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Press Release

North Canton man indicted for defrauding Medicare and Medicaid out $2 million, including allegedly billing for services performed on patients who were already deceased

For Immediate Release
U.S. Attorney's Office, Northern District of Ohio

A North Canton man was indicted for defrauding Medicare and Medicaid of approximately $2 million by billing for X-ray services that were not provided by his company, Portable Radiology Services.   

Thomas G. O’Lear, 55, was charged with 25 counts of health care fraud and one count of false statements relating to health care matters. 

O’Lear was the president of Portable Radiology Services, or PRS. The company had locations in Canton, North Canton, Uniontown and Cleveland. PRS provided portable X-ray related services to individuals residing in nursing homes, skilled nursing facilities and long-term care facilities, according to the indictment. 

O’Lear billed Medicaid and Medicare for X-ray services that PRS did not provide, including billing on approximately 151 occasions for having provided X-rays to deceased patients on dates that were after the patients had passed away, according to the indictment.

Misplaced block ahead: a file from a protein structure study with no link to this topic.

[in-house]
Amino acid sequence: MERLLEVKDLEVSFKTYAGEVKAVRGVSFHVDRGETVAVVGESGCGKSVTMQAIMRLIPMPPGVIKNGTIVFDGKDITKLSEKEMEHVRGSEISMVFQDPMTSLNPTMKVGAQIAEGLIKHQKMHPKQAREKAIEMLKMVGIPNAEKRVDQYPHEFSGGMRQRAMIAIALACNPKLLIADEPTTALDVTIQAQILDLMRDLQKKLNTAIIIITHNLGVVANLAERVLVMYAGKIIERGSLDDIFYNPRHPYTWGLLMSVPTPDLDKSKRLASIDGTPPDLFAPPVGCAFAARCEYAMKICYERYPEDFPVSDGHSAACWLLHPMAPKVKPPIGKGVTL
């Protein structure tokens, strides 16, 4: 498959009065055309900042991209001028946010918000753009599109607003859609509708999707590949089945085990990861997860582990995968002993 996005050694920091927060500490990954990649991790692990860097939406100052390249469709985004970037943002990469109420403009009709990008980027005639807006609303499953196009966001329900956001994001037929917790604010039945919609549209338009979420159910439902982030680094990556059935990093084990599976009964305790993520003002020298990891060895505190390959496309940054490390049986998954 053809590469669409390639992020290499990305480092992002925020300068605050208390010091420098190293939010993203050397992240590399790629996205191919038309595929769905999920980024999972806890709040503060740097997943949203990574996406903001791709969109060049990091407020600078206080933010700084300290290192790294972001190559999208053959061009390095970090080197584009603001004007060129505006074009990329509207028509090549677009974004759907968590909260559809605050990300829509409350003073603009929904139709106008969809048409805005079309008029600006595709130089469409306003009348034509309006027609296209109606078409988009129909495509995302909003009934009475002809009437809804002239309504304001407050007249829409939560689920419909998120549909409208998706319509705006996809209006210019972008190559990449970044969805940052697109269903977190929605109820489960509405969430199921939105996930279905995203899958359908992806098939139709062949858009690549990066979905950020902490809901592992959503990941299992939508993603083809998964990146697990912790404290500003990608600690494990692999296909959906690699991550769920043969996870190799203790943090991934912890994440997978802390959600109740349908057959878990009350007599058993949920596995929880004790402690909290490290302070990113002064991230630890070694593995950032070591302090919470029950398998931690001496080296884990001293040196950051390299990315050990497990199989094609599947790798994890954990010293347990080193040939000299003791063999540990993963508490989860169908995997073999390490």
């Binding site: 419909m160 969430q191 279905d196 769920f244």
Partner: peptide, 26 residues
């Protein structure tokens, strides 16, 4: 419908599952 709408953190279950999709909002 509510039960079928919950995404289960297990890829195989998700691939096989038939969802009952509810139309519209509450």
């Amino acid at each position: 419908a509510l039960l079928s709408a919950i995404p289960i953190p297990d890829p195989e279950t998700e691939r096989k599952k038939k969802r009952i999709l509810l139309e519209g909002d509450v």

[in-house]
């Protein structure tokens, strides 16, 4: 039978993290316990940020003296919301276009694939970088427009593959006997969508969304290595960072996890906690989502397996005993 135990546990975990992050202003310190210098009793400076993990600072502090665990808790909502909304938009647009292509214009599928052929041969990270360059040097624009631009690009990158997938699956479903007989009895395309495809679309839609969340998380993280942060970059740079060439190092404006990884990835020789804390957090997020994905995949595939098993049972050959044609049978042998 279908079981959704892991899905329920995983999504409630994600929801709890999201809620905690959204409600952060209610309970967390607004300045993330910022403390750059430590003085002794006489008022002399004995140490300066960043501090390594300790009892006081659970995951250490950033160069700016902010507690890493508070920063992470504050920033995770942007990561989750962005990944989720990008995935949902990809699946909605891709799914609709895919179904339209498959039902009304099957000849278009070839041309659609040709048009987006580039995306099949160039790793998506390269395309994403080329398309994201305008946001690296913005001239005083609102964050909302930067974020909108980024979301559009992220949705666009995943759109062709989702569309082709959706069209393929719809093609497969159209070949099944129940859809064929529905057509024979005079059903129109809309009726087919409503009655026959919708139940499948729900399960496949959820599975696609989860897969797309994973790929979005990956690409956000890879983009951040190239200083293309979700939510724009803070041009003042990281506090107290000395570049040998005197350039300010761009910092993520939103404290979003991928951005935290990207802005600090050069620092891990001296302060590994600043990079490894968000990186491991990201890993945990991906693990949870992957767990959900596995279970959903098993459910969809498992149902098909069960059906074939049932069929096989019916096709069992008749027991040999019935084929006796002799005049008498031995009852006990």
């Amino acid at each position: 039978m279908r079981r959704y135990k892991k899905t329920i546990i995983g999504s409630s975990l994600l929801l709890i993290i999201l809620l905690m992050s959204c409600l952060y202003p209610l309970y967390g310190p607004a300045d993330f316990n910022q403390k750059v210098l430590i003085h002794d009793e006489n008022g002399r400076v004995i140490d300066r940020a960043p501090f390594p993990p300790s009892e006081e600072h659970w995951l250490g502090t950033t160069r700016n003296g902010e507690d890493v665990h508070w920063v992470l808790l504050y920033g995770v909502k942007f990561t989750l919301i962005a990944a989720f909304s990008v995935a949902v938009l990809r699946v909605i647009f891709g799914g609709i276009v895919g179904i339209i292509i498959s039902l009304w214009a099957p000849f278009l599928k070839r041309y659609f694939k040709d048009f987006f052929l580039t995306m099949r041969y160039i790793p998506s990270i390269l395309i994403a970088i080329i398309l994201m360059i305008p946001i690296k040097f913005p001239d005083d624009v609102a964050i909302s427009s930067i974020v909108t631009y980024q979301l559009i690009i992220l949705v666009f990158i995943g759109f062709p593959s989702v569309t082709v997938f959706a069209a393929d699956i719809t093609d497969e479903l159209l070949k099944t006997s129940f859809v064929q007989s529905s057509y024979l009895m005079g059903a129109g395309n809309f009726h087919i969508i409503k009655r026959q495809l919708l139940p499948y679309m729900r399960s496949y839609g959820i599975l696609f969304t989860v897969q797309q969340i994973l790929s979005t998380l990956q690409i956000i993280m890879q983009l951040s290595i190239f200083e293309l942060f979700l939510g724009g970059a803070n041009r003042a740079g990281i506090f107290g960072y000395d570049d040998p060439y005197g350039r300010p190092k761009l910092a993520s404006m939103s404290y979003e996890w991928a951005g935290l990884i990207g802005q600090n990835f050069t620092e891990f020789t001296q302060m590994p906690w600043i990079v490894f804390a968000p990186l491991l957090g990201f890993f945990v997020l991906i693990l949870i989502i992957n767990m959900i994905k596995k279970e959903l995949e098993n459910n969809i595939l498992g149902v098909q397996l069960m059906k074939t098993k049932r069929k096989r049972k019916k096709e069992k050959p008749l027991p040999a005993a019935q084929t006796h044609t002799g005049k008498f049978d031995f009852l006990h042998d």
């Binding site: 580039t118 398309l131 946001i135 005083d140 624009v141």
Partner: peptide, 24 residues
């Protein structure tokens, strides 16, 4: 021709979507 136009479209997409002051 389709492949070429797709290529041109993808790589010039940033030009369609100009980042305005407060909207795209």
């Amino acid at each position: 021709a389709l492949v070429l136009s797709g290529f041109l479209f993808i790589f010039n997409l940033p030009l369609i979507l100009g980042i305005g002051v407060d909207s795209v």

This occurred between approximately January 2013 and December 2017, according to the indictment.

O’Lear also allegedly attempted to cover up the health care fraud scheme by forging the signatures of medical professionals to falsely make it appear that services that PRS did not provide to patients, and that O’Lear billed the government for, were actually provided to patients, according to the indictment.   

This case is being prosecuted by Assistant U.S. Attorneys Brendan D. O’Shea and Mark S. Bennett, following an investigation by the United States Department of Health and Human Services -- Office of the Inspector General, the FBI, and Special Assistant U.S. Attorney Jonathan L. Metzler and Special Agent Jeremy Buening of the Medicaid Fraud Control Unit of the Ohio Attorney General’s Office.

If convicted, the defendant’s sentence will be determined by the court after review of factors unique to this case, including the defendant’s prior criminal record, if any, the defendant’s role in the offense and the characteristics of the violations.  In all cases, the sentence will not exceed the statutory maximum and, in most cases, it will be less than the maximum.

An indictment is only a charge and is not evidence of guilt.  A defendant is entitled to a fair trial in which it will be the government’s burden to prove guilt beyond a reasonable doubt.


Mike Tobin

Updated June 4, 2019

Health Care Fraud